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About The People

Football is nothing without fans.”
Matt Busby

Over the last two weeks, it had become quite clear that the European football championship (known as the Euros for short) was the main talking point for everyone, in Europe as in other parts of the world. As a sports event, it does not get the same amount of viewership and importance as the World Cup or even the Super Bowl, but it remains a major event that fans tend to look forward to. However, it is important to note that this edition of the Euros is different from all the ones that have already taken place on so many levels, as well as from those to come. One particular aspect that will always be noticed is that the Euros 2020 were played in June 2021.

For the world today, this does not come as a shock due to everything that has been happening since December 2019. However, this will not be the same for future generations in a few decades. Indeed, the competition was supposed to take place back in June of 2020. However, the event had to be canceled and rescheduled for the following year due to the high impact then of the COVID-19 pandemic. Back then, countries were on lockdown, borders were closed and sporting events were prohibited. A combination of all those factors made it impossible to make an international tournament happen in various countries across Europe. Although domestic competitions were resumed in July 2020, it was only until May 2021 that fans were finally allowed to return in reduced capacity to stadiums in order to watch the games. Until then, all games had to be played behind closed doors. This adds to the beauty and uniqueness of Euro 2020: fans are finally back and there is a certain level of normalcy that is bringing a feeling of joy we had forgotten about for a year and a half.

The beauty of football comes from seeing fans gather together from all places in one stadium. The beauty of football comes from enjoying a beer and partying in the streets at midnight after a game with people who just happened to be seated next to you for 90 minutes. The beauty of football comes from pure, unbridled, sensational love without any concern for age, gender, race, or anything. It is all about passion and joy as you can see with these lads here. I have watched several games in football stadiums, and the best memory I have of them today are not related to the game, but to the atmosphere of losing your voice due to constant singing and shouting. When the team you support scores a goal, the reaction reaches a completely new level of passion and excitement, to the point it feels like the stands are going to succumb to the noise and jumping happening all around.

So many things happened in the world of football over the course of the last twelve months since tournaments were resumed. The uniqueness of Euro 2020 can be resumed in one song, which happened to be the official theme for this tournament.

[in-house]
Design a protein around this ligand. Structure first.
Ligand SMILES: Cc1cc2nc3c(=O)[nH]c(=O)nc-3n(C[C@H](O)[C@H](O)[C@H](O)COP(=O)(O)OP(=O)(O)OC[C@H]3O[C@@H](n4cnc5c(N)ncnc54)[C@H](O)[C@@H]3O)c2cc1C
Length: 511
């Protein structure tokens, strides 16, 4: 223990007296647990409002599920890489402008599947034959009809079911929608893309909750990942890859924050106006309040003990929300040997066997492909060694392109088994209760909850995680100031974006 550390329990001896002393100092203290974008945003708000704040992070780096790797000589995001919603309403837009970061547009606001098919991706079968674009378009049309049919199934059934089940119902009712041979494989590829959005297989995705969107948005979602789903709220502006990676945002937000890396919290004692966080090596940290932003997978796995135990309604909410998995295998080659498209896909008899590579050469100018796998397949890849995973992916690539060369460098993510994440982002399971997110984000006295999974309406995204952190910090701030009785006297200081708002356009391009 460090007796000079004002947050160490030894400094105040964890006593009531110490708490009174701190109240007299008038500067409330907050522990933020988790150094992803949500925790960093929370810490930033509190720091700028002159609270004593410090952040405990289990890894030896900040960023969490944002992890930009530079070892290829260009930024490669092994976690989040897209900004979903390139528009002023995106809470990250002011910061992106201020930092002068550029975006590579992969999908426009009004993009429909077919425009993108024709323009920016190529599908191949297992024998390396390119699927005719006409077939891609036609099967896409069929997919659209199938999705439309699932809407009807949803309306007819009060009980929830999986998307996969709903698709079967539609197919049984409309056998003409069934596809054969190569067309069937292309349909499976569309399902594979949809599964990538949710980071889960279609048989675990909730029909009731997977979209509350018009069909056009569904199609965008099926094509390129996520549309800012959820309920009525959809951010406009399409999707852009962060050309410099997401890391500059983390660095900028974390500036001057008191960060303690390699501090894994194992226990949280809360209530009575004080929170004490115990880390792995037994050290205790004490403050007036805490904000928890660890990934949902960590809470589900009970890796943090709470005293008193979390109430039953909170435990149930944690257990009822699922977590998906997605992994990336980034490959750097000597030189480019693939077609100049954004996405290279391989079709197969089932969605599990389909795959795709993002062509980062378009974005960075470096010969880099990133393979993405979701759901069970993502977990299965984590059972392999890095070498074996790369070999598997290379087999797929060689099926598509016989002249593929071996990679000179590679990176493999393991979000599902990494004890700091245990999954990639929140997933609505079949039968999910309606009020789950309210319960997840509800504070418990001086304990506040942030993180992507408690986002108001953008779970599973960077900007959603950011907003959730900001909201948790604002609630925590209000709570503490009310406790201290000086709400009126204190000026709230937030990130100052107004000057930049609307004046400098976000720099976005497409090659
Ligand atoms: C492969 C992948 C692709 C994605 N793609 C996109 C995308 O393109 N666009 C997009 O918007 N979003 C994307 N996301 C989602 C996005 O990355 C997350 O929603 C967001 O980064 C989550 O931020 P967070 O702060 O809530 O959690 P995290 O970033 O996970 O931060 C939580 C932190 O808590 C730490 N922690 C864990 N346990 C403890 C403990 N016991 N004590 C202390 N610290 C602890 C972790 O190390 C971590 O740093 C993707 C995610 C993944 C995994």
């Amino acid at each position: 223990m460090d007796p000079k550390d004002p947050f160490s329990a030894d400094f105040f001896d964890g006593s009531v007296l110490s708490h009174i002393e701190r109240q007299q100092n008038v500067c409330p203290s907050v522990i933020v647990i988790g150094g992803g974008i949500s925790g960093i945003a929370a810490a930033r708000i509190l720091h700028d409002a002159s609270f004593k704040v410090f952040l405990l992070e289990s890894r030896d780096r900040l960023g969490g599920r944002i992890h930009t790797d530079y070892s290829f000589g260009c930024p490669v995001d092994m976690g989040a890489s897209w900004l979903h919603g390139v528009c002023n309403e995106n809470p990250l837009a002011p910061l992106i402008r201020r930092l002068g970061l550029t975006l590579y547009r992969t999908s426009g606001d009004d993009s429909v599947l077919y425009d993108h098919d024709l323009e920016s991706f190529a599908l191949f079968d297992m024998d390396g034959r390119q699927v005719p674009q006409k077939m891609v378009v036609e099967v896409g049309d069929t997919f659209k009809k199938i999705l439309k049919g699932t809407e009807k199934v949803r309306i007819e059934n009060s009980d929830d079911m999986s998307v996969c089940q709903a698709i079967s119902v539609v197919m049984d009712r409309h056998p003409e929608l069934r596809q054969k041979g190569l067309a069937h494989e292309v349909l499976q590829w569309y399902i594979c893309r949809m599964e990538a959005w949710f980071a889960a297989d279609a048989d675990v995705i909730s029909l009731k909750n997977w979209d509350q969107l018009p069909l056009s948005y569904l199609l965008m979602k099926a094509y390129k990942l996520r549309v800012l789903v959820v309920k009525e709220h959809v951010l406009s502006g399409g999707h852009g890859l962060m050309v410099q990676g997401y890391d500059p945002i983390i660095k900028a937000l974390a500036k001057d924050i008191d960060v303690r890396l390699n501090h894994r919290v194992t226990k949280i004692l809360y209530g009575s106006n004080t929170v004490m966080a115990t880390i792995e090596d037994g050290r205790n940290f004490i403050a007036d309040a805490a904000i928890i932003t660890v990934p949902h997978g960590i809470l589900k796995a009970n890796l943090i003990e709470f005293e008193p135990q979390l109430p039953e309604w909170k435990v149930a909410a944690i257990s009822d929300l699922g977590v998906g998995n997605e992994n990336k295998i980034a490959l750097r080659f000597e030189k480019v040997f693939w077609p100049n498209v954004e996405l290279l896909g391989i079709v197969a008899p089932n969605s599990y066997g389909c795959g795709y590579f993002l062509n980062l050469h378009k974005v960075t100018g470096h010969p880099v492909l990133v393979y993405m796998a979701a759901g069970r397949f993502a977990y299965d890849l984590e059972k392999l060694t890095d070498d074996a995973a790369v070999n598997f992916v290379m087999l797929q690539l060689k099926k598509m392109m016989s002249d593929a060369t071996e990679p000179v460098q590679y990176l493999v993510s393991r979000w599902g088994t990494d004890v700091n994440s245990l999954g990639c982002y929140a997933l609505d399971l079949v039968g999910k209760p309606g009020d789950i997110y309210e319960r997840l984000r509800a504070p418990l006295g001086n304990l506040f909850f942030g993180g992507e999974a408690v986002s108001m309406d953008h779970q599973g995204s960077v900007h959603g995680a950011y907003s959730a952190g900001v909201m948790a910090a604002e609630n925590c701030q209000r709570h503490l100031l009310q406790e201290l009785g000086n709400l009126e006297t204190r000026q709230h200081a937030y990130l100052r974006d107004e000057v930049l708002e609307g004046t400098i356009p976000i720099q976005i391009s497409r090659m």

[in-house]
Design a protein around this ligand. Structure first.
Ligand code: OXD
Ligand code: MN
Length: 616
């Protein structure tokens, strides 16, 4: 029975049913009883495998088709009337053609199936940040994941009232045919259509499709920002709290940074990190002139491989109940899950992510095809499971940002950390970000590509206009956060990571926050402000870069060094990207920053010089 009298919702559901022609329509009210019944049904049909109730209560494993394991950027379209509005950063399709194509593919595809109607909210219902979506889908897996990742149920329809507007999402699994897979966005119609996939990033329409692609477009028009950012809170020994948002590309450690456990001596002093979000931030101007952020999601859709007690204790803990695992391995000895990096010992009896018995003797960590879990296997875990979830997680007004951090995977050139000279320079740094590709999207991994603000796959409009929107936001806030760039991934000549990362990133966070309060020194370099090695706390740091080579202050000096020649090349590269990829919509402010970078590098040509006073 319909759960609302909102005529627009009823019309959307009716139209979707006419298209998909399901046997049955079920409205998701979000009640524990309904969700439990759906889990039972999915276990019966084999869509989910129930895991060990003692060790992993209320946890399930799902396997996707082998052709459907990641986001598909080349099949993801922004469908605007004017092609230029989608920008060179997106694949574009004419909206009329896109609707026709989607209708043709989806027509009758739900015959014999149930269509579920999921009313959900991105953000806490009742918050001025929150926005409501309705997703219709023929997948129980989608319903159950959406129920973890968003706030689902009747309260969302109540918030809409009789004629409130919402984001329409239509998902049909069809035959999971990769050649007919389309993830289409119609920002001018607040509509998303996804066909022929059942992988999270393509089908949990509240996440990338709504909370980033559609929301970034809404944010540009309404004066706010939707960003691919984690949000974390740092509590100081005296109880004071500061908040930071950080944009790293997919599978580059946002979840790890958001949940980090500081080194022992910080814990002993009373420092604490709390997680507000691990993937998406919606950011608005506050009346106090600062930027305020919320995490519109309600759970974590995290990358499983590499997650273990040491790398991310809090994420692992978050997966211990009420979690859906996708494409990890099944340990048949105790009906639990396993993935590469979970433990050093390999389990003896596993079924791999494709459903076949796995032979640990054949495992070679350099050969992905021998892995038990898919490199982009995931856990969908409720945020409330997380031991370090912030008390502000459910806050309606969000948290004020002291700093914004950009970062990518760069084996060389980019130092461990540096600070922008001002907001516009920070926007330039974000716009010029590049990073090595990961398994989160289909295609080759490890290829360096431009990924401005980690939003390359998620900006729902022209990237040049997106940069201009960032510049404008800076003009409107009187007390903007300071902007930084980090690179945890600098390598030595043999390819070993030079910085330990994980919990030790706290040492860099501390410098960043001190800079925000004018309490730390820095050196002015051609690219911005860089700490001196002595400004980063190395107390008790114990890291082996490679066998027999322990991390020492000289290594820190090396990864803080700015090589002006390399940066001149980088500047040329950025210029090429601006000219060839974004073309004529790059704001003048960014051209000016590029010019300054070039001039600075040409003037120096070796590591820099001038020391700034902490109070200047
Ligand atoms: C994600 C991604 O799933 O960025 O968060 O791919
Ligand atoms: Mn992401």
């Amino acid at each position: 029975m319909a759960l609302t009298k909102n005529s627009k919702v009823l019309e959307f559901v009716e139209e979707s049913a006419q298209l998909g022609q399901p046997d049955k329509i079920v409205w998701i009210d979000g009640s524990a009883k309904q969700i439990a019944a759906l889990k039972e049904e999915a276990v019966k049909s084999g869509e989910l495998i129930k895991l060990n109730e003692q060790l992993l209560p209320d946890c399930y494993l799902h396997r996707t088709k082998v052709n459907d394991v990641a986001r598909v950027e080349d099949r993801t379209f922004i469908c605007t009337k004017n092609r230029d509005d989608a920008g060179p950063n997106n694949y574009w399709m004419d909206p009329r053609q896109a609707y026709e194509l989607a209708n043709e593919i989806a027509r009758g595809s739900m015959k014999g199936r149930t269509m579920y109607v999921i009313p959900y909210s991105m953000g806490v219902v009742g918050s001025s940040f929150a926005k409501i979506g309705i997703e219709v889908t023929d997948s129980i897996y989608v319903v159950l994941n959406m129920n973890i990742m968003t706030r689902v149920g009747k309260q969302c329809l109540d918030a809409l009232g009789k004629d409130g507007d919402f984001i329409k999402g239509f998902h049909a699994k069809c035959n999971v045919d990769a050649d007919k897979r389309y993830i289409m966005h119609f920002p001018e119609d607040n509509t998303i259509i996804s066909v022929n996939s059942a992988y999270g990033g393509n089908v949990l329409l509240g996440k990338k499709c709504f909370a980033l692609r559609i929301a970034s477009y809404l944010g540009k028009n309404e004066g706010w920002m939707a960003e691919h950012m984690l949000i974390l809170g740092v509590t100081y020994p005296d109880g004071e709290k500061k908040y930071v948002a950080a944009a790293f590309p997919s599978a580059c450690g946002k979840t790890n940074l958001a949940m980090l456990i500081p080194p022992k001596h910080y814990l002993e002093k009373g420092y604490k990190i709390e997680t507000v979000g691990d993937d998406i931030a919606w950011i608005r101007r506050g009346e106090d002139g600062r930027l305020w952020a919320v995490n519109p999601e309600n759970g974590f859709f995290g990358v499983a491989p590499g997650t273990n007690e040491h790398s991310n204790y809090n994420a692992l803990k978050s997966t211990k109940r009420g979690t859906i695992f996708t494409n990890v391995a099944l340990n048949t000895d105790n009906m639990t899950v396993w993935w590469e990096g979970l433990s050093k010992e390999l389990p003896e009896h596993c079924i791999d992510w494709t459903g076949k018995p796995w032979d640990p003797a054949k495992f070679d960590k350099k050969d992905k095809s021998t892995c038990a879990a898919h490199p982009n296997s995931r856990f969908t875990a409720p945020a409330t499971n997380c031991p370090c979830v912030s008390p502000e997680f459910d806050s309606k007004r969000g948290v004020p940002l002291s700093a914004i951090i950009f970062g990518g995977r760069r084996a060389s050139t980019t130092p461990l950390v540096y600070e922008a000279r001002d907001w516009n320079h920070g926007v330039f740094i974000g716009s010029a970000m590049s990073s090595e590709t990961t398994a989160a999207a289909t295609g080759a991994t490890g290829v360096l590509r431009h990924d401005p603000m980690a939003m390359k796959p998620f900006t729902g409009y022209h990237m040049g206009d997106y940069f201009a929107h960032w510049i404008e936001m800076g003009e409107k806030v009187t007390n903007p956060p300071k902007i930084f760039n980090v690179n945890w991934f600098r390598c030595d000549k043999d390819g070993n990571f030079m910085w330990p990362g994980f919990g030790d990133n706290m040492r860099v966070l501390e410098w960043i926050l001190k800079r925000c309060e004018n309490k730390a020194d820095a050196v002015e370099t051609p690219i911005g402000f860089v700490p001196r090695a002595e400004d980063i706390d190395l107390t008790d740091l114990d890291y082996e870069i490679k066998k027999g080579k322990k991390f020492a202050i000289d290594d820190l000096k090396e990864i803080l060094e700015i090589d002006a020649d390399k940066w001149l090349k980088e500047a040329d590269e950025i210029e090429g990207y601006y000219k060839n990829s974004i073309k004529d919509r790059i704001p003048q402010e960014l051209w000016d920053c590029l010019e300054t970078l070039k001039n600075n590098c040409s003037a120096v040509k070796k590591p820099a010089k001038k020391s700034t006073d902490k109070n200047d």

“I fell in love with football, with the football of the fans, with the dream of seeing the team of my heart compete with the biggest teams.”
Ander Herrera

Football also gets its popularity from the numerous David-and-Goliath situations that happen in the fixtures. This has already happened a few times in the current competition that every football fan is following right now. Whether it is about Hungary getting a draw out of France, Scotland keeping England at bay or Slovakia snatching the win from Poland, anything can happen in football. This is connected to the fighting spirit that smaller teams tend to develop in order to get out there and win something out of the game. Such teams might not always go all the way to win the trophy – the most recent case dates back to 2016 when Leicester City shocked everyone by being crowned champions of England -, but it is more for those precious games where the players approach the game with the idea that they have got nothing to lose, yet everything to win. For these teams, whether we are talking about national teams or clubs, the idea of being able to compete on the biggest stage amongst the greatest teams and players of the planet is a dream. It is a competition of its own. An adventure they simply hope will never end. On April 19, 2021, that dream was almost annihilated through the creation of the European Super League.

The main goal of that breakaway league was to allow the biggest clubs in Europe to form a league of their own in order to catch up on lost revenues during the pandemic. As expected, players and managers of said clubs joined forces with fans and pundits in order to boycott this project. The main slogan that was used in this campaign focused on the idea that “Football is for the fans”. The league project eventually died two days later, and through the Euro theme song, the remainder was made about what football consists of.

“A heart that hurts is a heart that works. From a broken place, that’s where the victory’s won.”
We Are The People by Martin Garrix

If I am to take one thing out of everything that has happened in football over the last twelve months, it is that football is a spectator sport and needs its fans in stadiums. Football teams have no meaning and no tradition without the fans. The fans create that hype about a club, they carry and share its values and traditions which is how players feel that special vibe for some teams more than others. Football is a sport that was created by the working class in England and is therefore a sport that everyone should be allowed to play, watch, and compete in. The fans contribute just as much – if not at times more – to what we love to call The Beautiful Game.

To all the fans out there, remember that we contribute to the magic of football.
This is our sport too, not some chairmen’s business investment.


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